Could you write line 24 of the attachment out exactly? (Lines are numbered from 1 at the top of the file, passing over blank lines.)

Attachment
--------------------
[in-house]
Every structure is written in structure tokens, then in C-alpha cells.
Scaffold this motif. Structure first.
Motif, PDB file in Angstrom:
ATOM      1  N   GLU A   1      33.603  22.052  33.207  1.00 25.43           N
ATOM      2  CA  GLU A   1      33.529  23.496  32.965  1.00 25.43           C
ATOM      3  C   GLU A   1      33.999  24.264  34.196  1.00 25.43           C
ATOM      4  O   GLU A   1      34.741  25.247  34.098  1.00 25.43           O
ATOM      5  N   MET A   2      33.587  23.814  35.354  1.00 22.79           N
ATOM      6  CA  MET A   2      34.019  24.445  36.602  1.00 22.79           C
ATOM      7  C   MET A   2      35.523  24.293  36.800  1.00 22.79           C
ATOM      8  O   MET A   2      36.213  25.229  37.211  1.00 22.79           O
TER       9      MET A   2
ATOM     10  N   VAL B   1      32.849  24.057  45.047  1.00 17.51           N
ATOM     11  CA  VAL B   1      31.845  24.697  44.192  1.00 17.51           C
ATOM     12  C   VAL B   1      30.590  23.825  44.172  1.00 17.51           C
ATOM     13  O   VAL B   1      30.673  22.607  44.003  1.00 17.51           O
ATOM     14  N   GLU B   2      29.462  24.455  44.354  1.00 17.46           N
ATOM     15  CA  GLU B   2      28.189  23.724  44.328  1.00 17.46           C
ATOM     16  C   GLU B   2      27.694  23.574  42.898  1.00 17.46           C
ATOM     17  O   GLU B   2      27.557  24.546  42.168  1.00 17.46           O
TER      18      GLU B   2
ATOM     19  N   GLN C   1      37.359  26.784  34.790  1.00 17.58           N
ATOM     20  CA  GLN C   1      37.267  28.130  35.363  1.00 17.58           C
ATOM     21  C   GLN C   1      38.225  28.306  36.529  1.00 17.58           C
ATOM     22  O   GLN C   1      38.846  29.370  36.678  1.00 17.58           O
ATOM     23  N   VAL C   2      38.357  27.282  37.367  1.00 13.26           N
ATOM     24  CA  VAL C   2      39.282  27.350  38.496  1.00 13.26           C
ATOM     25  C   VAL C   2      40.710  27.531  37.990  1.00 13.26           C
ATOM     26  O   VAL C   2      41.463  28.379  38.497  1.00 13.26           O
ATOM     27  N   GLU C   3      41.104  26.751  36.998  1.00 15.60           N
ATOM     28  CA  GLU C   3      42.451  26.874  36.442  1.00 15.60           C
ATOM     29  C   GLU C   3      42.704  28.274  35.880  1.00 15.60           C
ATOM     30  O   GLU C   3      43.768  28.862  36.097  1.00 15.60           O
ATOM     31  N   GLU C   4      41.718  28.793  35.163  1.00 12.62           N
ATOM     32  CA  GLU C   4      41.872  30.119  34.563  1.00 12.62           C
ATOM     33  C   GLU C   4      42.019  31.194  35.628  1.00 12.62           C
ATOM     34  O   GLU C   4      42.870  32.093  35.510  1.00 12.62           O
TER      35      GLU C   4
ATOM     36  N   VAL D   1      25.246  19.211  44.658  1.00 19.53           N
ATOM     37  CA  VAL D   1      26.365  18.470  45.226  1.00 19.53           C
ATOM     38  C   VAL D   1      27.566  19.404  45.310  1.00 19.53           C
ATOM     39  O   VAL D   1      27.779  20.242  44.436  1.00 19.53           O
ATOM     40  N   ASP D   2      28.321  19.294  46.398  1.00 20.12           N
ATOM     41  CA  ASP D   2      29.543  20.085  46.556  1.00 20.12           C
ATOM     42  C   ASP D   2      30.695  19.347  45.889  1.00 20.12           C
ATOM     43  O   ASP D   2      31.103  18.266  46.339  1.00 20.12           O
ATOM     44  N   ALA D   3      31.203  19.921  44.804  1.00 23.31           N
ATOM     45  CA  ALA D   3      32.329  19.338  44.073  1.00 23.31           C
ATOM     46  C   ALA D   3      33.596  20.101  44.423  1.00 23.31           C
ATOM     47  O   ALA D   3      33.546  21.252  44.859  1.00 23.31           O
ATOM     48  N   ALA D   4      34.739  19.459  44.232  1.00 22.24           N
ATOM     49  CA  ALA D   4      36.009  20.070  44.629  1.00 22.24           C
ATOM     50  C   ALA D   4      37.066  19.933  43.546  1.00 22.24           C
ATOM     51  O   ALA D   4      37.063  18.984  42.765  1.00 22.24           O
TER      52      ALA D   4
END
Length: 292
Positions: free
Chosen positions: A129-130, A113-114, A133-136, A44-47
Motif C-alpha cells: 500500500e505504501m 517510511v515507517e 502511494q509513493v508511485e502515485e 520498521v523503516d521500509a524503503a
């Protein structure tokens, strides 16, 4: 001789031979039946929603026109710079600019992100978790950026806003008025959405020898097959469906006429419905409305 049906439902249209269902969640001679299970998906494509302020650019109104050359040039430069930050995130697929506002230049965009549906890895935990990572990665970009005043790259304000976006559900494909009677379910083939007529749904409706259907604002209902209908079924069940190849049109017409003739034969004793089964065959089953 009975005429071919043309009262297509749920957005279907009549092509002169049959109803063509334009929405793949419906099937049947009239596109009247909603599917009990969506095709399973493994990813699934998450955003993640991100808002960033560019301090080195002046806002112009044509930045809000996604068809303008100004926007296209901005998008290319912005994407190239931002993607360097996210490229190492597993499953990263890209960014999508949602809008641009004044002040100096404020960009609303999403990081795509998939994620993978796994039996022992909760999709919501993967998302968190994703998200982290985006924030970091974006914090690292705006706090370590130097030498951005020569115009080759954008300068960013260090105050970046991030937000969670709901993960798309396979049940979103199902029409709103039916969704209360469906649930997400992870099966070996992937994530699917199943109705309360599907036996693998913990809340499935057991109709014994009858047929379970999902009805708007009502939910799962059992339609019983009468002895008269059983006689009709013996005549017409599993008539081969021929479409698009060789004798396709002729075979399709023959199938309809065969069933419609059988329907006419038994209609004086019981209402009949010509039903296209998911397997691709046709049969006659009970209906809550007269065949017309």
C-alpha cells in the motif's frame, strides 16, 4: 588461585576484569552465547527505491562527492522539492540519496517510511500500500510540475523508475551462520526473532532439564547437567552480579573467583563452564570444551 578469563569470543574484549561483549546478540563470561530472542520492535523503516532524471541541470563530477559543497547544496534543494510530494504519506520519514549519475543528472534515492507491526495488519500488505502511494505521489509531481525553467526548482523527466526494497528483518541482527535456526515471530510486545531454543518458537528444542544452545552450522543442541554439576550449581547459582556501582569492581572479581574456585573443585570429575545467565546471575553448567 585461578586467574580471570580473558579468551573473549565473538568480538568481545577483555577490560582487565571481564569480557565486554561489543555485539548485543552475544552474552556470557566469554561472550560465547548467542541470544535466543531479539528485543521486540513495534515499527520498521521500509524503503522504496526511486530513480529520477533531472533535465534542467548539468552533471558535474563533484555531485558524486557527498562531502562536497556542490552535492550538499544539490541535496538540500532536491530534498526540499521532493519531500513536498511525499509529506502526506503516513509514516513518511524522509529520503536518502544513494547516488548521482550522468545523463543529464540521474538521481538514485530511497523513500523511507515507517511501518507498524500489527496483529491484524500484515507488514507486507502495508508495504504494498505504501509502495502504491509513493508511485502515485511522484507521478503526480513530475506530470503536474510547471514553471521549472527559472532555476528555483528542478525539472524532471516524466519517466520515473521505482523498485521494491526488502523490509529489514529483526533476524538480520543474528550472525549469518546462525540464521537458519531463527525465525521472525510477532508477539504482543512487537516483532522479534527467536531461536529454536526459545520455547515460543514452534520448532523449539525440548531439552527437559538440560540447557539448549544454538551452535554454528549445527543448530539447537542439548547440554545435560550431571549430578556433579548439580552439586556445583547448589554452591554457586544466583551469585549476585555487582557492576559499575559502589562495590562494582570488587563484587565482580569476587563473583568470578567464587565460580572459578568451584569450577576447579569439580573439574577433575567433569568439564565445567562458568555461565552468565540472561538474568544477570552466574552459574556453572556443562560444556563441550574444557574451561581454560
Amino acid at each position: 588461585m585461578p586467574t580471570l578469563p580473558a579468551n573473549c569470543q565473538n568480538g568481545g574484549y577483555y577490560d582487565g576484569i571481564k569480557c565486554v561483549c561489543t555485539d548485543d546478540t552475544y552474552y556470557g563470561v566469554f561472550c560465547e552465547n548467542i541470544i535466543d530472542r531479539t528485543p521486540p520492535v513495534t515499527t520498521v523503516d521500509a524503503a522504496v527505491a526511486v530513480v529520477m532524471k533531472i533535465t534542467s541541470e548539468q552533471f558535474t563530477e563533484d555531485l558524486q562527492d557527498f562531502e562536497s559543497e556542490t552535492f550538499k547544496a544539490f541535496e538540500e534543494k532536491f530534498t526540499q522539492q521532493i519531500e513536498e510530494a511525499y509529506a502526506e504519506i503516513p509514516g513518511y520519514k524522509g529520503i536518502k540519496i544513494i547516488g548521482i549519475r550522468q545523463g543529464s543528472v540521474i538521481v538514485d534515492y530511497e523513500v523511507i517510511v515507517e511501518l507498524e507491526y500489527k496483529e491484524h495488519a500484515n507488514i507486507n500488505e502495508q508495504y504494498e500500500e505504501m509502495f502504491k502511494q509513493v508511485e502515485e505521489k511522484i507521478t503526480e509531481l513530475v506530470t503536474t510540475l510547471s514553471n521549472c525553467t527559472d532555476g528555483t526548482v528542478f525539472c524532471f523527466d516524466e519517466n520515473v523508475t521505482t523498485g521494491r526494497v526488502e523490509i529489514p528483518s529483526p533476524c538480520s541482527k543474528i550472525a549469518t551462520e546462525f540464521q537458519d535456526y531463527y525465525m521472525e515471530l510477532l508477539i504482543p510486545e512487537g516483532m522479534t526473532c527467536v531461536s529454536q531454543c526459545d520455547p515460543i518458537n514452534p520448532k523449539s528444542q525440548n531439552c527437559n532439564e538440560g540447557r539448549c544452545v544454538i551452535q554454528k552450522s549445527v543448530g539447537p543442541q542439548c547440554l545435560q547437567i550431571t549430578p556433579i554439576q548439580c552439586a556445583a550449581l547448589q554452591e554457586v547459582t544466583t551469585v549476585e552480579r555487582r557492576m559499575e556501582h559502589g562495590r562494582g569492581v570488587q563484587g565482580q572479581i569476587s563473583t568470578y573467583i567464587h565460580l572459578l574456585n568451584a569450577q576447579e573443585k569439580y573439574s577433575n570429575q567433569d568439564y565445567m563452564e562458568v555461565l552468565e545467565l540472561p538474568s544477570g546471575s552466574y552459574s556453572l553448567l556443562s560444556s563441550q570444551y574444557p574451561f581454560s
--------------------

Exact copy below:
ATOM     20  CA  GLN C   1      37.267  28.130  35.363  1.00 17.58           C